interesting
http://en.wikipedia.org/wiki/DSM-5#Prop ... _diagnoses

and finally
http://en.wikipedia.org/wiki/DSM-5#Criticism_of_DSM-5

Robert Spitzer, the head of the DSM-III task force, has publicly criticized the APA for mandating that DSM-V task force members sign a nondisclosure agreement, effectively conducting the whole process in secret: “When I first heard about this agreement, I just went bonkers. Transparency is necessary if the document is to have credibility, and, in time, you’re going to have people complaining all over the place that they didn’t have the opportunity to challenge anything.”[23]

Although the APA has since instituted a disclosure policy for DSM-5 task force members, many still believe the Association has not gone far enough in its efforts to be transparent and to protect against industry influence [24]. In a recent Point/Counterpoint article,[25] Lisa Cosgrove, PhD and Harold J. Bursztajn, MD noted that "the fact that 70% of the task force members have reported direct industry ties---an increase of almost 14% over the percentage of DSM-IV task force members who had industry ties---shows that disclosure policies alone, especially those that rely on an honor system, are not enough and that more specific safeguards are needed." David Kupfer, MD, chair of the DSM-5 task force, and Darrel A. Regier, MD, MPH, Vice Chair of the task force, countered that "collaborative relationships among government, academia, and industry are vital to the current and future development of pharmacological treatments for mental disorders." They asserted that the development of DSM-5 is the "most inclusive and transparent developmental process in the 60-year history of DSM." The developments to this new version can be viewed on [2]. In June 2009 Allen Frances, head of the DSM-IV task force, issued strongly-worded criticisms of the processes leading to DSM-5 and the risk of "serious, subtle, (…) ubiquitous" and "dangerous" unintended consequences such as new "false 'epidemics'". He writes that "the work on DSM-V has displayed the most unhappy combination of soaring ambition and weak methodology" and is concerned about the task force's "inexplicably closed and secretive process."[26]. His and Spitzer's concerns about the contract that the APA drew up for consultants to sign, agreeing not to discuss drafts of the fifth edition beyond the task force and committees, have also been aired and debated.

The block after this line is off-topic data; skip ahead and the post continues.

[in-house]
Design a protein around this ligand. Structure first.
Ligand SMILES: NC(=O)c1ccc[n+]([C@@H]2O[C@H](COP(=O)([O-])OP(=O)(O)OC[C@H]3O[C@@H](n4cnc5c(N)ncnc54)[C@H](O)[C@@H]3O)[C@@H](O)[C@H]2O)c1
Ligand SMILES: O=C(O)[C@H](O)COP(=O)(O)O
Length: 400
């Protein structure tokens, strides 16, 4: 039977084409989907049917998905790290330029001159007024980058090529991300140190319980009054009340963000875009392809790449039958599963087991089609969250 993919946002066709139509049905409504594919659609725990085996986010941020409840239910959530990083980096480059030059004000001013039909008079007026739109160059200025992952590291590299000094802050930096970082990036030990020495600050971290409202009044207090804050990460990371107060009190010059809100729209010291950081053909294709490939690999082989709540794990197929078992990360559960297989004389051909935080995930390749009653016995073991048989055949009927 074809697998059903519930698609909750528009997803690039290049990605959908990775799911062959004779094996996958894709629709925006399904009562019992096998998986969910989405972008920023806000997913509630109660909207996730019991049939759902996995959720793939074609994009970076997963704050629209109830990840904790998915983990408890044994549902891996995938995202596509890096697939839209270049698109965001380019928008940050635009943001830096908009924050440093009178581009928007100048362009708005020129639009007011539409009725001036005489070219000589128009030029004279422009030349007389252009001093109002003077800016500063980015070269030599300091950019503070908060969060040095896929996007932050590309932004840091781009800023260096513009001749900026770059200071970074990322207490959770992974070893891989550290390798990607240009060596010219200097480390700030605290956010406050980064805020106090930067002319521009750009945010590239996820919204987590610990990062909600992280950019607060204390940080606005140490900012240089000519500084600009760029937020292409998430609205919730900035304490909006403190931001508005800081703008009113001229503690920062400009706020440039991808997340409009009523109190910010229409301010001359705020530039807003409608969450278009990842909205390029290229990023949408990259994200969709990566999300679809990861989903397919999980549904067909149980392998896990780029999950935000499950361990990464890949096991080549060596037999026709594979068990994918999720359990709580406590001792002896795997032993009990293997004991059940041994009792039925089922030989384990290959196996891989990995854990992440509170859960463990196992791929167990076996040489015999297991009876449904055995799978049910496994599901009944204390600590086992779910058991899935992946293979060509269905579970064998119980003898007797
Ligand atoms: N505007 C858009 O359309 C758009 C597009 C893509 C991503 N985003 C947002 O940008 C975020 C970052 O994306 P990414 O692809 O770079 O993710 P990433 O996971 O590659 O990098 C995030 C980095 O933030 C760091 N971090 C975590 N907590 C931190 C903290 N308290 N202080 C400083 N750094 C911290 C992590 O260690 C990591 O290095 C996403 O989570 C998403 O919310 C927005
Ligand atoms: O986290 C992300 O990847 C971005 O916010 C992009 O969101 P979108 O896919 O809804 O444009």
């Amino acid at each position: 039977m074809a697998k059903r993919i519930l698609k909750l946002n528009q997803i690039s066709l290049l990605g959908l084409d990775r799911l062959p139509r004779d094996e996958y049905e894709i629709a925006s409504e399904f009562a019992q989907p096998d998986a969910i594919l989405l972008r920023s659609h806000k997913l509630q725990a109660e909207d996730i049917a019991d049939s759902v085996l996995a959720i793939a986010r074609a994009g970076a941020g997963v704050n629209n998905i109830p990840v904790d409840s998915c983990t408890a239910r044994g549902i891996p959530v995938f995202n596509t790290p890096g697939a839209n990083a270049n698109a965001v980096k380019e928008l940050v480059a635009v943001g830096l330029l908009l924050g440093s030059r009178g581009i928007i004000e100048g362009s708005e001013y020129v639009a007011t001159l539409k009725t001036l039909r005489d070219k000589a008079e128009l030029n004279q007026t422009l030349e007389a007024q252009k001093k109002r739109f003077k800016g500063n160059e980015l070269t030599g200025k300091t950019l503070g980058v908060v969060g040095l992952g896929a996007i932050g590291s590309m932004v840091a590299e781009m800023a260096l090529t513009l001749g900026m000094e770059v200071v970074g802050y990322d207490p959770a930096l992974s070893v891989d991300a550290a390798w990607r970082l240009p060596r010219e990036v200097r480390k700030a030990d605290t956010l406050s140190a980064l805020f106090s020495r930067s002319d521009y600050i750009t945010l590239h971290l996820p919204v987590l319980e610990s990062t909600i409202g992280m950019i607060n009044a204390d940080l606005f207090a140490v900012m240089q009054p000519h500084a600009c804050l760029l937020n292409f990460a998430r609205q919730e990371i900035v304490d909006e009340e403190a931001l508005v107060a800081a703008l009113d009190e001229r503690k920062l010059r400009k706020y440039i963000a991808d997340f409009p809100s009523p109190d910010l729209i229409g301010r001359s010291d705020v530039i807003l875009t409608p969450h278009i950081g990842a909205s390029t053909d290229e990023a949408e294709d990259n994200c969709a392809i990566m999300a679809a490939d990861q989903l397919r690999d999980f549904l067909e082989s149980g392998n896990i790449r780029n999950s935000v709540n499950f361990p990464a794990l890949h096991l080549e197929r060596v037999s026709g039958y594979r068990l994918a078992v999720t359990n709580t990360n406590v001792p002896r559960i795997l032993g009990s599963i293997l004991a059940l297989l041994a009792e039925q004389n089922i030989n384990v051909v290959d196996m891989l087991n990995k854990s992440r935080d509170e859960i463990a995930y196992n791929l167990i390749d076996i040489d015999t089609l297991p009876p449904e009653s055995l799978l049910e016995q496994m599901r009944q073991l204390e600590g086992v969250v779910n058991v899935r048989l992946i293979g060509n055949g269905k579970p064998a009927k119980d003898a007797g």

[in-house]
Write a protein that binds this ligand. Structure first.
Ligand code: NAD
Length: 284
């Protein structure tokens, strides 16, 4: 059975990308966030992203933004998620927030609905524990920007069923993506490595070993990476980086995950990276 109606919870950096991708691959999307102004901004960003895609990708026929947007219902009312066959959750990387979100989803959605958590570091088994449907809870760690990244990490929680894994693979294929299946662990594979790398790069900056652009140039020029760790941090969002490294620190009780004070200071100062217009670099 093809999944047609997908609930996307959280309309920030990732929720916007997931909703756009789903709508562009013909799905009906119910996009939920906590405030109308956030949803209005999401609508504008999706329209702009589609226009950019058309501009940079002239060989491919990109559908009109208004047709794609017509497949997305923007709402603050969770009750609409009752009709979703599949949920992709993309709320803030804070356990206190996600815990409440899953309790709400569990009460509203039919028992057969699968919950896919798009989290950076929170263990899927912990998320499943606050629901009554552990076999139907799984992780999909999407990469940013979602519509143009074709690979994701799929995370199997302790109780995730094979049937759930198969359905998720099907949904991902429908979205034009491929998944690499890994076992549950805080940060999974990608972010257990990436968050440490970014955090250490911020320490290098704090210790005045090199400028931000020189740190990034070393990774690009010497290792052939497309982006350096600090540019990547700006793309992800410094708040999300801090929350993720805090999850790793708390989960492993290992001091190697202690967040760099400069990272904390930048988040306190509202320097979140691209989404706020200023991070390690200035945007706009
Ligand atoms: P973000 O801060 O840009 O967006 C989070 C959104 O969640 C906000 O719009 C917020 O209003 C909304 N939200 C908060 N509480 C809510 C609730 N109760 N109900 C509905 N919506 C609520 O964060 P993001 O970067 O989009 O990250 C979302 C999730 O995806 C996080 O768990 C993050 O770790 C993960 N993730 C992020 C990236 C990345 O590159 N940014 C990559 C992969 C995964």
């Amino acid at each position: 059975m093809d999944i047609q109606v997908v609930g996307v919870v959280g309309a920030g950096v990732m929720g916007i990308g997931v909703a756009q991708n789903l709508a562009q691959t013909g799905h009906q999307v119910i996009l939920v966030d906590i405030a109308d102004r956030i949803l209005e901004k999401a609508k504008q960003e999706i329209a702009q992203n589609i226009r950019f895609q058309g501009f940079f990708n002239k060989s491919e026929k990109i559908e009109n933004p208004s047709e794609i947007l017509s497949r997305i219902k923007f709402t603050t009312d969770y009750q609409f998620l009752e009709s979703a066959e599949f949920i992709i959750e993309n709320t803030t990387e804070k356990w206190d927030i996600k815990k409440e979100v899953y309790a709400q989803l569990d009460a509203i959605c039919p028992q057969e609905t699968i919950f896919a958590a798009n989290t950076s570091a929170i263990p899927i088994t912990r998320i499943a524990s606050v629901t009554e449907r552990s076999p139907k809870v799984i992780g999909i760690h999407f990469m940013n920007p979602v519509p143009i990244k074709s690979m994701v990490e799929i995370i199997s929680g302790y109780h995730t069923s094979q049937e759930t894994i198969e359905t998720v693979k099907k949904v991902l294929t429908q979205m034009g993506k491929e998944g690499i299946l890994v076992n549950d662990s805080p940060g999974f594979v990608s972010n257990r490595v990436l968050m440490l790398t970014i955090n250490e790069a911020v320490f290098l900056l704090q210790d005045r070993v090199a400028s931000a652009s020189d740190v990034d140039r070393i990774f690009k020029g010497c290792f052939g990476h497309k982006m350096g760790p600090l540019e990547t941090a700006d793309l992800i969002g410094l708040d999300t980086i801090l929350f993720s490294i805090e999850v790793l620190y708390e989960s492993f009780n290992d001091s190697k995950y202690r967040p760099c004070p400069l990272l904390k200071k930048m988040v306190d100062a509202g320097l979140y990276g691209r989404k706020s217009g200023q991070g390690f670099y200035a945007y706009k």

my approach: no meds so far - just nutrient-dense anti-inflammatory whole foods, and supplements where needed
info: www.whfoods.com, www.nutritiondata.com
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Postby concerned » Wed Aug 04, 2010 11:21 am

Man, the DSM V has been delayed a long time it seems. Or at least some friends and I have been discussing it for some years. 2013 now?

Now don't get me wrong, I'm no fan of psychiatry. In fact, I'm a long standing fan of R.D. Laing. (I'll admit a waxing and waning interest in Jung and Reich, but that's a long way from pharmaco-psychiatry.)

BUT

I think creating the autism spectrum disorder category is smart, as I know I can't tell the difference between some friends with aspergers and some friends with high functioning autism, and some seem counter-intuitively in either category.

I also like the new usage of 'dependence' as I'm quite sick of hearing how anti-depressants are 'non-addictive', with the essence of addictive being opiate addiction. The tolerance and withdrawals from SSRI's and the like certainly seem at least somewhat similar to what we see in opiate addiction, er, 'dependence'.